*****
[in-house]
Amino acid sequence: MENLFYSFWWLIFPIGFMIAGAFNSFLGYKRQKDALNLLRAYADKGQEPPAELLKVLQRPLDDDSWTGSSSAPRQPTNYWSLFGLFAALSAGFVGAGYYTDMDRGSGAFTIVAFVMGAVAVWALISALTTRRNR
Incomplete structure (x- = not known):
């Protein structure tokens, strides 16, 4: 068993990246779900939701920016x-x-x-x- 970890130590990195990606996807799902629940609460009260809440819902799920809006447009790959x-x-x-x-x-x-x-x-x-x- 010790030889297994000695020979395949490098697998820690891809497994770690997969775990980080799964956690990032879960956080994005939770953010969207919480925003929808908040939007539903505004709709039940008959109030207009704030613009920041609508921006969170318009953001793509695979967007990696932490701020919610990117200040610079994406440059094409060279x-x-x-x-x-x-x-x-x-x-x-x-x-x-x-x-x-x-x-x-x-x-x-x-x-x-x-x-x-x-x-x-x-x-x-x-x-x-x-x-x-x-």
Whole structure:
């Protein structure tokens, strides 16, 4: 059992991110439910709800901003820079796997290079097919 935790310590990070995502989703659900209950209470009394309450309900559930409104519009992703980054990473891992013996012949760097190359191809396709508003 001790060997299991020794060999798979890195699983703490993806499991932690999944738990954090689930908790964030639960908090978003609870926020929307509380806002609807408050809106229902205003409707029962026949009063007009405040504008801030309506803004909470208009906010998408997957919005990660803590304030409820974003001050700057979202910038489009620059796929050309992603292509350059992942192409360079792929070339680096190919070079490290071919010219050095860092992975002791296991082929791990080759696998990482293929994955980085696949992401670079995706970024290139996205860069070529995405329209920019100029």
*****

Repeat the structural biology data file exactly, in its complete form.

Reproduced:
[in-house]
Amino acid sequence: MENLFYSFWWLIFPIGFMIAGAFNSFLGYKRQKDALNLLRAYADKGQEPPAELLKVLQRPLDDDSWTGSSSAPRQPTNYWSLFGLFAALSAGFVGAGYYTDMDRGSGAFTIVAFVMGAVAVWALISALTTRRNR
Incomplete structure (x- = not known):
């Protein structure tokens, strides 16, 4: 068993990246779900939701920016x-x-x-x- 970890130590990195990606996807799902629940609460009260809440819902799920809006447009790959x-x-x-x-x-x-x-x-x-x- 010790030889297994000695020979395949490098697998820690891809497994770690997969775990980080799964956690990032879960956080994005939770953010969207919480925003929808908040939007539903505004709709039940008959109030207009704030613009920041609508921006969170318009953001793509695979967007990696932490701020919610990117200040610079994406440059094409060279x-x-x-x-x-x-x-x-x-x-x-x-x-x-x-x-x-x-x-x-x-x-x-x-x-x-x-x-x-x-x-x-x-x-x-x-x-x-x-x-x-x-």
Whole structure:
């Protein structure tokens, strides 16, 4: 059992991110439910709800901003820079796997290079097919 935790310590990070995502989703659900209950209470009394309450309900559930409104519009992703980054990473891992013996012949760097190359191809396709508003 001790060997299991020794060999798979890195699983703490993806499991932690999944738990954090689930908790964030639960908090978003609870926020929307509380806002609807408050809106229902205003409707029962026949009063007009405040504008801030309506803004909470208009906010998408997957919005990660803590304030409820974003001050700057979202910038489009620059796929050309992603292509350059992942192409360079792929070339680096190919070079490290071919010219050095860092992975002791296991082929791990080759696998990482293929994955980085696949992401670079995706970024290139996205860069070529995405329209920019100029």